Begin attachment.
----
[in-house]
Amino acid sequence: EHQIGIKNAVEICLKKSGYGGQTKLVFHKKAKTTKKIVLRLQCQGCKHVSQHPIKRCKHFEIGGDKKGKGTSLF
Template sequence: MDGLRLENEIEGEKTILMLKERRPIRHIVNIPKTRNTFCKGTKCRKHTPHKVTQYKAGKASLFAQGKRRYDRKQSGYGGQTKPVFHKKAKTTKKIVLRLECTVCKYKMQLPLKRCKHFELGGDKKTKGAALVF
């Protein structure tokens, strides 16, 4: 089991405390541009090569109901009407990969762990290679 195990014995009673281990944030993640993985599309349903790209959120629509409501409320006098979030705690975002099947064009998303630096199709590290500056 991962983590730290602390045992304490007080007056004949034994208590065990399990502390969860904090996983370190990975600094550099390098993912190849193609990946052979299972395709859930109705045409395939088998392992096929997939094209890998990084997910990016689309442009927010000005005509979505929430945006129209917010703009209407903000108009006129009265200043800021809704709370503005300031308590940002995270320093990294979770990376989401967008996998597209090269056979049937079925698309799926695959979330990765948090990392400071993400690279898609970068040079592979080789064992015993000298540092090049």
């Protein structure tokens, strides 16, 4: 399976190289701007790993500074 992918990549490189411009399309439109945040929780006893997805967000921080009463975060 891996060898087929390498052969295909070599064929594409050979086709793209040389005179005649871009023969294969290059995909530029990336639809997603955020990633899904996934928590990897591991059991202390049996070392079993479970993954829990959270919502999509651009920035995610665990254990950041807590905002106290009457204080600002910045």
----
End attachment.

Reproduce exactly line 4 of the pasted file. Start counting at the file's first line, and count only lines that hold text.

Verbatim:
């Protein structure tokens, strides 16, 4: 089991405390541009090569109901009407990969762990290679 195990014995009673281990944030993640993985599309349903790209959120629509409501409320006098979030705690975002099947064009998303630096199709590290500056 991962983590730290602390045992304490007080007056004949034994208590065990399990502390969860904090996983370190990975600094550099390098993912190849193609990946052979299972395709859930109705045409395939088998392992096929997939094209890998990084997910990016689309442009927010000005005509979505929430945006129209917010703009209407903000108009006129009265200043800021809704709370503005300031308590940002995270320093990294979770990376989401967008996998597209090269056979049937079925698309799926695959979330990765948090990392400071993400690279898609970068040079592979080789064992015993000298540092090049």